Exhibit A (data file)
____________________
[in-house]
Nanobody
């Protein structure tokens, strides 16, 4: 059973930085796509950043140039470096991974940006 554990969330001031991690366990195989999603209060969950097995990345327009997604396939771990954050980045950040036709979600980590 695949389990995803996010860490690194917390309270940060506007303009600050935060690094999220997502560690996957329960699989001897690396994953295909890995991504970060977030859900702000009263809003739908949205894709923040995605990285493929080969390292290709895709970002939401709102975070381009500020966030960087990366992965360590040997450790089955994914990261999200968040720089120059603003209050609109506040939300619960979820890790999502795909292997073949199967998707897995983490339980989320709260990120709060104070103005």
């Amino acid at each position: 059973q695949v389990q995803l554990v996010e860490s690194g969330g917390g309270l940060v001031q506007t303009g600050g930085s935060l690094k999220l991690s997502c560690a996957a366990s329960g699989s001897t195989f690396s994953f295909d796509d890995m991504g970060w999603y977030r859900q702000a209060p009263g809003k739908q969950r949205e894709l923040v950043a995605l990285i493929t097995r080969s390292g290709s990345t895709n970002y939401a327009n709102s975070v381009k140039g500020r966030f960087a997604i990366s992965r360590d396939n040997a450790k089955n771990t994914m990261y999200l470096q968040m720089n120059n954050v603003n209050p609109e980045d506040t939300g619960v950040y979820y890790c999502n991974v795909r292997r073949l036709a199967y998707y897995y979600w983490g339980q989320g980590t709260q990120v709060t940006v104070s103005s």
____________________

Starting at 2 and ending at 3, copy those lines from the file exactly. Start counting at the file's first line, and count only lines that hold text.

Nanobody
């Protein structure tokens, strides 16, 4: 059973930085796509950043140039470096991974940006 554990969330001031991690366990195989999603209060969950097995990345327009997604396939771990954050980045950040036709979600980590 695949389990995803996010860490690194917390309270940060506007303009600050935060690094999220997502560690996957329960699989001897690396994953295909890995991504970060977030859900702000009263809003739908949205894709923040995605990285493929080969390292290709895709970002939401709102975070381009500020966030960087990366992965360590040997450790089955994914990261999200968040720089120059603003209050609109506040939300619960979820890790999502795909292997073949199967998707897995983490339980989320709260990120709060104070103005």